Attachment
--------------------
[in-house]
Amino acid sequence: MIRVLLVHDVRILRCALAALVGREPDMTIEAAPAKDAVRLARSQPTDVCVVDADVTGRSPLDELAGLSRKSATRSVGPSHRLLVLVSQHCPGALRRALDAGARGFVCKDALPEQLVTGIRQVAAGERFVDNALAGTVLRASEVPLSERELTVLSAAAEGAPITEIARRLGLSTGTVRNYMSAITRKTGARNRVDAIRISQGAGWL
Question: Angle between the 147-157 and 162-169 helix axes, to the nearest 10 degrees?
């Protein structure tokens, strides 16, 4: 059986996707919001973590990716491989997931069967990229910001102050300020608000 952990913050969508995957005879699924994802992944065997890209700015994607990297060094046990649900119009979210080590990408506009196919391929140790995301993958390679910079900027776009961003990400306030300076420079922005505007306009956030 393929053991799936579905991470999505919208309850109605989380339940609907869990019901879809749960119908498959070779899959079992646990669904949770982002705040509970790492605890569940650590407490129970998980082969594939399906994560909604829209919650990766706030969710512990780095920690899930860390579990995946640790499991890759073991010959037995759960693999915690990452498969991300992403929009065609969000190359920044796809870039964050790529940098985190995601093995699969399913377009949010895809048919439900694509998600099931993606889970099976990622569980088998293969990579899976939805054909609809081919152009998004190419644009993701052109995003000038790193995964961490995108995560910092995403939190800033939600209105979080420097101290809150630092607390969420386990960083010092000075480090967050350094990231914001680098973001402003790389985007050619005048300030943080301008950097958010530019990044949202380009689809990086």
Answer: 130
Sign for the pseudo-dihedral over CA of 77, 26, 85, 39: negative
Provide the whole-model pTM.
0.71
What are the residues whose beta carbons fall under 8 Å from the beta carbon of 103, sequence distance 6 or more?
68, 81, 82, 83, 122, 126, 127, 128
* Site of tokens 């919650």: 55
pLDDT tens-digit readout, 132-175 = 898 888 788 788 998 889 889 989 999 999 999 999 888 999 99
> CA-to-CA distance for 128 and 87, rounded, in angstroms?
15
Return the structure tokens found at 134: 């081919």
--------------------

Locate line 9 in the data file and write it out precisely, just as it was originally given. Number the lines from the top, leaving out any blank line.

What are the residues whose beta carbons fall under 8 Å from the beta carbon of 103, sequence distance 6 or more?